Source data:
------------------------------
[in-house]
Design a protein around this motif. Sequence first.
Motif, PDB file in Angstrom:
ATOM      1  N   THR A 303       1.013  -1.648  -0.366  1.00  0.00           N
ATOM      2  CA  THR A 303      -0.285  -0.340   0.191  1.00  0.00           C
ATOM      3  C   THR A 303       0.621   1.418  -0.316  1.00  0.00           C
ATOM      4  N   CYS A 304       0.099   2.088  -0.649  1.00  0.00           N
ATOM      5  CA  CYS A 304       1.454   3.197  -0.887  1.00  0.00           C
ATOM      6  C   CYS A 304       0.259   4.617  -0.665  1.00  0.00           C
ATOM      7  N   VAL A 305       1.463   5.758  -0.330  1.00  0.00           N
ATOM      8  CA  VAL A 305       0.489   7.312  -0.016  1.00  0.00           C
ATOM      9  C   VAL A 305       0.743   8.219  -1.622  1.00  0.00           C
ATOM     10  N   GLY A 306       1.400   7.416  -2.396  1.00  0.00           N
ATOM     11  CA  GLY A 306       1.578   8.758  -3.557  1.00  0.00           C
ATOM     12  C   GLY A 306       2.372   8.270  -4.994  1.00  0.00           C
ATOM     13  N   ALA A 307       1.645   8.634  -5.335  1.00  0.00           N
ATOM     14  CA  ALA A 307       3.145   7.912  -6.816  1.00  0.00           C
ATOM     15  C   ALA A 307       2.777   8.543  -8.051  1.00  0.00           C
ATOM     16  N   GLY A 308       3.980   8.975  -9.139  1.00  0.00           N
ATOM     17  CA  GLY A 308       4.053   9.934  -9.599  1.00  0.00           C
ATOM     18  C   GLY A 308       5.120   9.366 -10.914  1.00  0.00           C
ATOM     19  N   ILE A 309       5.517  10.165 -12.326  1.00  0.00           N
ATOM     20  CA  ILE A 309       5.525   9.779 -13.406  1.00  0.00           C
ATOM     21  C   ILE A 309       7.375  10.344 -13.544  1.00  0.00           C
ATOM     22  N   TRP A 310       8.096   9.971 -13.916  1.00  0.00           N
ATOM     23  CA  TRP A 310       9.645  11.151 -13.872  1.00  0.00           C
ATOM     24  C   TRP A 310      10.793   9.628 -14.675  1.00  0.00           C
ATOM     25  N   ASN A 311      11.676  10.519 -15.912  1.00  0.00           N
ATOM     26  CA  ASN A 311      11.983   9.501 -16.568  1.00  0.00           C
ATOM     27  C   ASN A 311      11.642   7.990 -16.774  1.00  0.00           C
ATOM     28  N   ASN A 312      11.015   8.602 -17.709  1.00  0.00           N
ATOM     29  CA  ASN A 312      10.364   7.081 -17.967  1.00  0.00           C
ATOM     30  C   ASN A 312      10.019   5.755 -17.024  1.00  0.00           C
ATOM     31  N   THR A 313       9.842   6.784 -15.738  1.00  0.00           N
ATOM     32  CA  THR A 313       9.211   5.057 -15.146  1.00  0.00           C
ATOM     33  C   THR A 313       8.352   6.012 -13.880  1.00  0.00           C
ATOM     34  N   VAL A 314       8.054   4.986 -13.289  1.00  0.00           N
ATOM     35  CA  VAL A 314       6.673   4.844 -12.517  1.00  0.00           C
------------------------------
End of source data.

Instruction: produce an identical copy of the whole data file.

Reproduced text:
[in-house]
Design a protein around this motif. Sequence first.
Motif, PDB file in Angstrom:
ATOM      1  N   THR A 303       1.013  -1.648  -0.366  1.00  0.00           N
ATOM      2  CA  THR A 303      -0.285  -0.340   0.191  1.00  0.00           C
ATOM      3  C   THR A 303       0.621   1.418  -0.316  1.00  0.00           C
ATOM      4  N   CYS A 304       0.099   2.088  -0.649  1.00  0.00           N
ATOM      5  CA  CYS A 304       1.454   3.197  -0.887  1.00  0.00           C
ATOM      6  C   CYS A 304       0.259   4.617  -0.665  1.00  0.00           C
ATOM      7  N   VAL A 305       1.463   5.758  -0.330  1.00  0.00           N
ATOM      8  CA  VAL A 305       0.489   7.312  -0.016  1.00  0.00           C
ATOM      9  C   VAL A 305       0.743   8.219  -1.622  1.00  0.00           C
ATOM     10  N   GLY A 306       1.400   7.416  -2.396  1.00  0.00           N
ATOM     11  CA  GLY A 306       1.578   8.758  -3.557  1.00  0.00           C
ATOM     12  C   GLY A 306       2.372   8.270  -4.994  1.00  0.00           C
ATOM     13  N   ALA A 307       1.645   8.634  -5.335  1.00  0.00           N
ATOM     14  CA  ALA A 307       3.145   7.912  -6.816  1.00  0.00           C
ATOM     15  C   ALA A 307       2.777   8.543  -8.051  1.00  0.00           C
ATOM     16  N   GLY A 308       3.980   8.975  -9.139  1.00  0.00           N
ATOM     17  CA  GLY A 308       4.053   9.934  -9.599  1.00  0.00           C
ATOM     18  C   GLY A 308       5.120   9.366 -10.914  1.00  0.00           C
ATOM     19  N   ILE A 309       5.517  10.165 -12.326  1.00  0.00           N
ATOM     20  CA  ILE A 309       5.525   9.779 -13.406  1.00  0.00           C
ATOM     21  C   ILE A 309       7.375  10.344 -13.544  1.00  0.00           C
ATOM     22  N   TRP A 310       8.096   9.971 -13.916  1.00  0.00           N
ATOM     23  CA  TRP A 310       9.645  11.151 -13.872  1.00  0.00           C
ATOM     24  C   TRP A 310      10.793   9.628 -14.675  1.00  0.00           C
ATOM     25  N   ASN A 311      11.676  10.519 -15.912  1.00  0.00           N
ATOM     26  CA  ASN A 311      11.983   9.501 -16.568  1.00  0.00           C
ATOM     27  C   ASN A 311      11.642   7.990 -16.774  1.00  0.00           C
ATOM     28  N   ASN A 312      11.015   8.602 -17.709  1.00  0.00           N
ATOM     29  CA  ASN A 312      10.364   7.081 -17.967  1.00  0.00           C
ATOM     30  C   ASN A 312      10.019   5.755 -17.024  1.00  0.00           C
ATOM     31  N   THR A 313       9.842   6.784 -15.738  1.00  0.00           N
ATOM     32  CA  THR A 313       9.211   5.057 -15.146  1.00  0.00           C
ATOM     33  C   THR A 313       8.352   6.012 -13.880  1.00  0.00           C
ATOM     34  N   VAL A 314       8.054   4.986 -13.289  1.00  0.00           N
ATOM     35  CA  VAL A 314       6.673   4.844 -12.517  1.00  0.00           C